We seek to include a diverse set of studies exploring children’s agentive participation in a wide range of museological sites: from established, well-known galleries and museums to small, independent, local institutions, and everything in between. We are also open to submissions that focus on child-centred museological approaches taking place outside museum walls in vernacular spaces, festivals, community events, commemorations, pop-up or informal exhibitions, cultural programs, and beyond. We welcome experimental and critical perspectives, and encourage contributions that are co-authored with or draw directly on children’s contributions. Other forms of creative response may also be considered. The book aims to make a valuable intervention in several fields including museum studies, curatorial studies, heritage studies, and child studies. The proposal will be submitted to Routledge’s Museum Meanings series. Contributions may explore (but are not limited to) the following topics: • Critical reflections on case studies, methodologies, and theory • New and old forms of child-centred museological praxis – including co-creation, coproduction and co-design with children – both in and outside museum spaces including exhibitions, programming, digital environments, design, and architecture • Children’s involvement in governance, strategic decision-making, and institutional change • Intersectional projects and approaches to children’s museology • Insights and innovation around children and disability, difference, and accessibility • Curatorial dreams that imagine future curatorial interventions or projects (Butler and Lehrer 2016) • Critical curating; curating from the margins • Social justice, difficult knowledge, and contested histories • Ethics, including issues of consent, authorship, and the negotiation of (institutional) censorship in relation to children’s contributions • Perspectives that address current theoretical debates on agency, standpoint theory, ageism, children’s rights, race and racism, decolonisation, and curating • The role of the digital in enabling children and young people to participate more prolifically and publicly 3 Proposal Guidelines Proposals may offer case studies of children’s museology from specific institutions, exhibitions, programs, or initiatives, or present methodological approaches, theoretical analyses, curatorial dreams, personal reflections, or creative works. All museum and gallery types (history, art, science, children’s, etc.), including non-collecting, cultural, and community-based institutions may be explored, in addition to sites and events outside of museum spaces. All ages, from infancy, early childhood, adolescence, and youth are within our purview. Proposals may be grounded in all disciplines, historical periods, and geographical locations, and we welcome submissions from academics, students, museum practitioners from all departments and backgrounds, designers, curators, artists, writers, educators, or others.

If you are interested in contributing, please send a Word compatible doc with the information listed below by March 30, 2022 or get in touch with the editors to discuss your ideas for a chapter at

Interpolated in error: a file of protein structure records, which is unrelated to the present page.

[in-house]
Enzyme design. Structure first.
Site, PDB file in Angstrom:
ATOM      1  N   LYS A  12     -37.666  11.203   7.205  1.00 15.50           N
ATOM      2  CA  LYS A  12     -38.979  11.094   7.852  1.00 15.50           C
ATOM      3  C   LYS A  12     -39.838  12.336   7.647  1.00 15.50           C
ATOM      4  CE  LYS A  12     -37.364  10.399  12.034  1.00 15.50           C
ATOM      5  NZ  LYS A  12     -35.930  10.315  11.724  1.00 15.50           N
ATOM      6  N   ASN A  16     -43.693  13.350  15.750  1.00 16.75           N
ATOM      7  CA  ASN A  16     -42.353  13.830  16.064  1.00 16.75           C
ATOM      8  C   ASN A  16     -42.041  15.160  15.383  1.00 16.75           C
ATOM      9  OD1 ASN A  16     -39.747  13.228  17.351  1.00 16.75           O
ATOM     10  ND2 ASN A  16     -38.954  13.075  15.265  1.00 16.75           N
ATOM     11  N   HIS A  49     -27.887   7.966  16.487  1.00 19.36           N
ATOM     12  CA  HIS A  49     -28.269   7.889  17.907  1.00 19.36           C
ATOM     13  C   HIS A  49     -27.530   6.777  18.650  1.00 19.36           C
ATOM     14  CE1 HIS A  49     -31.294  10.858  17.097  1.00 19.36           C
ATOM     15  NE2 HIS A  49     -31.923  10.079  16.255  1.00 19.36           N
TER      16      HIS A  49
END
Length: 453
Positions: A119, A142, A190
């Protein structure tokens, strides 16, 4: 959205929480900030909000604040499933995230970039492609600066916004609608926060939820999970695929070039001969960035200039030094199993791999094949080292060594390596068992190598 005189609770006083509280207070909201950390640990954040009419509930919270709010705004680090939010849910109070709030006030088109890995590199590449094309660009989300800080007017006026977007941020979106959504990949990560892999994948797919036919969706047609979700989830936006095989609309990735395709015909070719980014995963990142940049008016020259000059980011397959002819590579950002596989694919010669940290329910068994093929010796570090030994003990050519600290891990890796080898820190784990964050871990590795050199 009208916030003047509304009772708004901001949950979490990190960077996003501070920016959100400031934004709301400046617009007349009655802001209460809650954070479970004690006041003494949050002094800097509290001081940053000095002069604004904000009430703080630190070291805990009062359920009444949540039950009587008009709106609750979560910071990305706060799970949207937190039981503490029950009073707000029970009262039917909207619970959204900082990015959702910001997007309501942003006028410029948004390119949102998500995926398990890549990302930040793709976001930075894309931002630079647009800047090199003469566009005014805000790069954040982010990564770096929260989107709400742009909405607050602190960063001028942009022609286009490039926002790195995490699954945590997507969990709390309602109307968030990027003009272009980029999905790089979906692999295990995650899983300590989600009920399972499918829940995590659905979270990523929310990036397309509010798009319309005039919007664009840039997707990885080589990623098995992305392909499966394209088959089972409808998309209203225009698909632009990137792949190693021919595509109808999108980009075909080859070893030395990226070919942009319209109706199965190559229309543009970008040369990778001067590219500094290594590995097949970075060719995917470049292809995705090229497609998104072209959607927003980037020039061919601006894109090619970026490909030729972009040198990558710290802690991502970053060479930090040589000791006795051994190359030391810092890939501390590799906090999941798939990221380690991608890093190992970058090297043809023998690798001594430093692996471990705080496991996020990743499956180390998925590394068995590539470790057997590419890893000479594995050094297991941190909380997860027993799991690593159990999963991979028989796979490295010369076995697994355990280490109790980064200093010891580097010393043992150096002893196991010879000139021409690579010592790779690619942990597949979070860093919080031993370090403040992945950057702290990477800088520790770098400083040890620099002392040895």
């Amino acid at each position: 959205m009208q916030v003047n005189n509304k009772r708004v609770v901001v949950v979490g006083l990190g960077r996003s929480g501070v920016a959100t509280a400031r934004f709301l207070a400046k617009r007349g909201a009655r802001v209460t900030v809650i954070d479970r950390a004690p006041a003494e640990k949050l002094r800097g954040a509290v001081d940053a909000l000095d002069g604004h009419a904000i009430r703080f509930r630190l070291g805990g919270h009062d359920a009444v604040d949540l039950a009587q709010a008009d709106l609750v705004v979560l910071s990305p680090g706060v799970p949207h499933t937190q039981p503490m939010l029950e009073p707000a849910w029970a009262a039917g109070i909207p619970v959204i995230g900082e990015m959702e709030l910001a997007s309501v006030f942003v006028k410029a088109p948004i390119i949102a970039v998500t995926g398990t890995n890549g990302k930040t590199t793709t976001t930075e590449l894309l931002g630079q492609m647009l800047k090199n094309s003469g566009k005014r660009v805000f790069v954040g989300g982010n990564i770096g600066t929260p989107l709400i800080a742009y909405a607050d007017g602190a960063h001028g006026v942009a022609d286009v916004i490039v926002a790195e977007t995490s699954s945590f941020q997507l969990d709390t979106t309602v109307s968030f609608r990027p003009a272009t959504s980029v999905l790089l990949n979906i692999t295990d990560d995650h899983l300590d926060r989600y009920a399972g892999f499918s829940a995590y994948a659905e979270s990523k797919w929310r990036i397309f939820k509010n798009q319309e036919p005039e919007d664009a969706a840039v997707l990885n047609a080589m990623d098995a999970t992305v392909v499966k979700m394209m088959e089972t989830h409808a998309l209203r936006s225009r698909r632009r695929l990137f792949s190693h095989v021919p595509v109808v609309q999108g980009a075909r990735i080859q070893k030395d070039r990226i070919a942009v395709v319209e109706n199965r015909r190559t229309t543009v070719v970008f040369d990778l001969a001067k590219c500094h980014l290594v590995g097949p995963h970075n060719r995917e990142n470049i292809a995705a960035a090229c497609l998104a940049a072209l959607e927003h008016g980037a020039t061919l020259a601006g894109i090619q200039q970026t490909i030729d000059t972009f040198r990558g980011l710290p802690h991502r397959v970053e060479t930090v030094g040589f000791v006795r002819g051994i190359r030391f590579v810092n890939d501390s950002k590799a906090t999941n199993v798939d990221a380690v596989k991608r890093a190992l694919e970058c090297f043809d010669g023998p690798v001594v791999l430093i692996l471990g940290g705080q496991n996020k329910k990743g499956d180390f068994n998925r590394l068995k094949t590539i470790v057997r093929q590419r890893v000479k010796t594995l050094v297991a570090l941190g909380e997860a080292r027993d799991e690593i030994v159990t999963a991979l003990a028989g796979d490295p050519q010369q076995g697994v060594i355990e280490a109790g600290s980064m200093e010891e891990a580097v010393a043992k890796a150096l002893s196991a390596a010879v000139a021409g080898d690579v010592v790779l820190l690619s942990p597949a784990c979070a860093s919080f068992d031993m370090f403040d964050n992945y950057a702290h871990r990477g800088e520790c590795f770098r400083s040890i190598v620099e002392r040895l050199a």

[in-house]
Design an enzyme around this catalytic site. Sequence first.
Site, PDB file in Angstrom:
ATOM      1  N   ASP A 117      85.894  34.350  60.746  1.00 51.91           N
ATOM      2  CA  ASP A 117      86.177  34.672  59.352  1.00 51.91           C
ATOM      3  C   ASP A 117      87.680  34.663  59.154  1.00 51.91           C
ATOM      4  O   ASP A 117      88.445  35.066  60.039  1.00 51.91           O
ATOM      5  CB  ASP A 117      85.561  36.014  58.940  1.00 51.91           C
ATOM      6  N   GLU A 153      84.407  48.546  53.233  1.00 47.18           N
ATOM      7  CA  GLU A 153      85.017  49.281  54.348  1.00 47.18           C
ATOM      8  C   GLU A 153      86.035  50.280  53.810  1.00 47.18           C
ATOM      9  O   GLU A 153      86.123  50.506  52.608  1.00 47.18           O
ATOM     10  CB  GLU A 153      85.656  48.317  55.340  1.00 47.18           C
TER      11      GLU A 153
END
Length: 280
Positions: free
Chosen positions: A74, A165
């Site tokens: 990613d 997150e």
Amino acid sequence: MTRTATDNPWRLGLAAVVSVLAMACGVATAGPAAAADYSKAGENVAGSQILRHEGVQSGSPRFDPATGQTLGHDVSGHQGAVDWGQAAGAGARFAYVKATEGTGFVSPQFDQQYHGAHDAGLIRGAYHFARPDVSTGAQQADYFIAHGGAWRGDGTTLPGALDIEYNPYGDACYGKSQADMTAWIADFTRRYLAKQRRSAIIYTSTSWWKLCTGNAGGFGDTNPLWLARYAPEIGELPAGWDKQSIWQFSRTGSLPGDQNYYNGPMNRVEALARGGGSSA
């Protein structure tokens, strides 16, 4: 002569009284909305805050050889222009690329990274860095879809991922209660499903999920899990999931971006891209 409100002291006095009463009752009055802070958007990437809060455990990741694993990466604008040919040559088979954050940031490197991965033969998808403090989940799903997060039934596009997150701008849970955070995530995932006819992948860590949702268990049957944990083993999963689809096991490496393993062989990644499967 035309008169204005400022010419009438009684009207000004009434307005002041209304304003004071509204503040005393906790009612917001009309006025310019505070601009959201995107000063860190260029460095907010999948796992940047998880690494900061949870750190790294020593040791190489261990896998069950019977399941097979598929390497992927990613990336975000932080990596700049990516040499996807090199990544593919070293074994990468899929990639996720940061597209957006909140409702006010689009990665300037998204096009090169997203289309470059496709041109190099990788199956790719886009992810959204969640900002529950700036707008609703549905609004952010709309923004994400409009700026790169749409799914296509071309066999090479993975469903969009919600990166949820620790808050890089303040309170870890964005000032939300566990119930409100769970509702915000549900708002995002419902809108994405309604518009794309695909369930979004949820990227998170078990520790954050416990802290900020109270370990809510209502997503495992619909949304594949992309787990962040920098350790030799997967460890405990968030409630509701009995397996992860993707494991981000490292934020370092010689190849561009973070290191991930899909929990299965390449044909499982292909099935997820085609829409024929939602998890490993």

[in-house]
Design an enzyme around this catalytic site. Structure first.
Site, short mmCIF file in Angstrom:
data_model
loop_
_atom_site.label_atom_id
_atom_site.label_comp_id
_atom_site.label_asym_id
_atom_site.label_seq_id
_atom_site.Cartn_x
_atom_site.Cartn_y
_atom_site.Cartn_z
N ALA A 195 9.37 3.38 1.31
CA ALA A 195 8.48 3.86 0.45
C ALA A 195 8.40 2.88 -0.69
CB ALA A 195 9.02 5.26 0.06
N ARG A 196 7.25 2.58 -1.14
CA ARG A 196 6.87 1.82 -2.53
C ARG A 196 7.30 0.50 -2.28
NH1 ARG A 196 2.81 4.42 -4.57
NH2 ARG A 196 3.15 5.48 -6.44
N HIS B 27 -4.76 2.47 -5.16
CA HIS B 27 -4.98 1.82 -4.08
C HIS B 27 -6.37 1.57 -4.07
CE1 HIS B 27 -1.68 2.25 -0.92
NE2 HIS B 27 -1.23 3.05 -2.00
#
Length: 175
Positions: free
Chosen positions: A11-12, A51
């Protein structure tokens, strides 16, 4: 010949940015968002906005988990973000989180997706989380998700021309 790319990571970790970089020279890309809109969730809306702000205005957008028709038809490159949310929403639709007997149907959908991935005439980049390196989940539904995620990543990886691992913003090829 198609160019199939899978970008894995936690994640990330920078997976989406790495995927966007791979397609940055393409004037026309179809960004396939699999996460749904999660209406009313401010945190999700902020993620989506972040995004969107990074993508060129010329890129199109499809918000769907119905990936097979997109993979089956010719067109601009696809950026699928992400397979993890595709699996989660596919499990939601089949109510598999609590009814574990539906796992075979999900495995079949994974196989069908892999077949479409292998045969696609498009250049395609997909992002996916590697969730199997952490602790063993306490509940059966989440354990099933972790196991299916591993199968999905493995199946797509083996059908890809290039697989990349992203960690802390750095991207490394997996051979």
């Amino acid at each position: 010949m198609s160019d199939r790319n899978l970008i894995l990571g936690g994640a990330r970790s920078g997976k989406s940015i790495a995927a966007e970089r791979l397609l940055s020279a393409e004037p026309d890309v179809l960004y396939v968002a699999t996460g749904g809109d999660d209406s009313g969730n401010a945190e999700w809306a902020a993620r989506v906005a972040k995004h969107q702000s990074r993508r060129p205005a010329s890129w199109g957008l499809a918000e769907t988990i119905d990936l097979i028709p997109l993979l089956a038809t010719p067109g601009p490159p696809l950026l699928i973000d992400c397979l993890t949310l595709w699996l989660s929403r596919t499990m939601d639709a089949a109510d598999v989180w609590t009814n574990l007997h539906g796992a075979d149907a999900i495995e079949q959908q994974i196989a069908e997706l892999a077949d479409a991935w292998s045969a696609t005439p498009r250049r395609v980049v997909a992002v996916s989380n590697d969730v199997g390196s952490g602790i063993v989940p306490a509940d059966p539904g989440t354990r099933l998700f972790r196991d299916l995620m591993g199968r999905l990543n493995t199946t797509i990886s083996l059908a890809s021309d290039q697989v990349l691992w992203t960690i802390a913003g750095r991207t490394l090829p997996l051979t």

Your proposal should: • include a 100-word bio for each author; • include a working title; • convey the author’s/authors’ thesis and how the proposed article would relate to the issue’s theme; • indicate the approaches, strategies, or knowledge that readers would take away from the article; • convey how the article would raise questions or illuminate larger issues that are widely applicable (especially if the proposal focuses on a single project); • take into account that articles will be expected to provide critical, candid discussions about issues and challenges Timeline

Abstracts due: March 30, 2022 Invitations to submit full papers will be sent by May 15, 2022

CfP: Because It Lasts: Time and Space in Children’s and Young Adult Literature and Media

University of British Columbia | Unceded traditional territory of the xʷməθkʷəy̓əm (Musqueam) Vancouver, Canada | Friday 17 June – Sunday 19 June 2022

Call for Paper Proposals

Deadline for submission: 1 March 2022

A peer-reviewed graduate student conference

From ancient epic tales like Beowulf, The Odyssey, and The Epic of Gilgamesh, where young men adventure through foreign lands, to recent youth movie adaptations featuring time or space travel like Miss Peregrine’s Home for Peculiar Children, Ender’s Game, and Marvel’s Endgame, numerous titles have engaged with the themes of time and space in children’s and young adult literature and media. Time and space are paradoxically tangible yet elusive; we experience them within our everyday life, yet they are never truly in one’s control. The Covid-19 pandemic has intensified this conflict, forcing nations to close their borders and people to lock themselves within their homes. In times when unprecedented levels of migration and ease of mobility led many to believe that the world did not have many barriers, such a prolonged global confinement has led to increased feelings of loneliness, disorientation, and powerlessness. This, combined with the sense of losing time—or track of it—will definitely affect old and newer generations. Because It Lasts: Time and Space in Children’s and Young Adult Literature and Media aims to discuss these topics and showcase graduate students’ academic and creative work on the matter.

Topics may include, but are not limited to:

· History/ Historicity

· Memory

· Futurity

· Death

· Displacement in time and space

· Diverse experiences of time and space

· Liminality and marginality

· Spatiality and mobility